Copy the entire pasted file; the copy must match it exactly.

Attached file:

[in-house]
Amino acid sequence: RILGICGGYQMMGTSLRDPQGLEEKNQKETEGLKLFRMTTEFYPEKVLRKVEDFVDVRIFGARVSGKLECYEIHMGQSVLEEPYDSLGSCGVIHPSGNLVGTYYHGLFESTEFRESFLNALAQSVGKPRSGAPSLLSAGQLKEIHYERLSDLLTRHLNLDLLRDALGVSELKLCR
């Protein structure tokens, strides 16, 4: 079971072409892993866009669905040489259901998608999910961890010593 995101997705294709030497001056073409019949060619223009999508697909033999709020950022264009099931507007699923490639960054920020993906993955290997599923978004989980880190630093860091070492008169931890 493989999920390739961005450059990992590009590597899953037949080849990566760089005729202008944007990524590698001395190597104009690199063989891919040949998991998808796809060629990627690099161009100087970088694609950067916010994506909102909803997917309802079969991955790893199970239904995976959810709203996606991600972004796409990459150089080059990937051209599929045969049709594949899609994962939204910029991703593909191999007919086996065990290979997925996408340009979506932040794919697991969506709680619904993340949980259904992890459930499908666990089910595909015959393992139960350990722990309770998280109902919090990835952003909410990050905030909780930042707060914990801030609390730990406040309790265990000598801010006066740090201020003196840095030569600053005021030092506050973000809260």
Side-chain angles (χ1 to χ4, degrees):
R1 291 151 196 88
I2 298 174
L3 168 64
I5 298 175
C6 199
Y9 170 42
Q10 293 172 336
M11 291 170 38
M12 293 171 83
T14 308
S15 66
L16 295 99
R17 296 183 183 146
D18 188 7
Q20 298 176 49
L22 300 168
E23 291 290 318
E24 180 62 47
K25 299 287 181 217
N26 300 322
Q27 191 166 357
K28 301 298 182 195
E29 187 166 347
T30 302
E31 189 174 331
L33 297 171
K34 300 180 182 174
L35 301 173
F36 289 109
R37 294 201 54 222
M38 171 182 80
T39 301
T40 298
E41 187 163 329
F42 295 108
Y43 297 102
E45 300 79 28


[in-house]
Amino acid sequence: RILGICGGYQMMGTSLRDPQGLEEKNQKETEGLKLFRMTTEFYPEKVLRKVEDFVDVRIFGARVSGKLECYEIHMGQSVLEEPYDSLGSCGVIHPSGNLVGTYYHGLFESTEFRESFLNALAQSVGKPRSGAPSLLSAGQLKEIHYERLSDLLTRHLNLDLLRDALGVSELKLCR
């Protein structure tokens, strides 16, 4: 079971072409892993866009669905040489259901998608999910961890010593 995101997705294709030497001056073409019949060619223009999508697909033999709020950022264009099931507007699923490639960054920020993906993955290997599923978004989980880190630093860091070492008169931890 493989999920390739961005450059990992590009590597899953037949080849990566760089005729202008944007990524590698001395190597104009690199063989891919040949998991998808796809060629990627690099161009100087970088694609950067916010994506909102909803997917309802079969991955790893199970239904995976959810709203996606991600972004796409990459150089080059990937051209599929045969049709594949899609994962939204910029991703593909191999007919086996065990290979997925996408340009979506932040794919697991969506709680619904993340949980259904992890459930499908666990089910595909015959393992139960350990722990309770998280109902919090990835952003909410990050905030909780930042707060914990801030609390730990406040309790265990000598801010006066740090201020003196840095030569600053005021030092506050973000809260």
Side-chain angles (χ1 to χ4, degrees):
R1 291 151 196 88
I2 298 174
L3 168 64
I5 298 175
C6 199
Y9 170 42
Q10 293 172 336
M11 291 170 38
M12 293 171 83
T14 308
S15 66
L16 295 99
R17 296 183 183 146
D18 188 7
Q20 298 176 49
L22 300 168
E23 291 290 318
E24 180 62 47
K25 299 287 181 217
N26 300 322
Q27 191 166 357
K28 301 298 182 195
E29 187 166 347
T30 302
E31 189 174 331
L33 297 171
K34 300 180 182 174
L35 301 173
F36 289 109
R37 294 201 54 222
M38 171 182 80
T39 301
T40 298
E41 187 163 329
F42 295 108
Y43 297 102
E45 300 79 28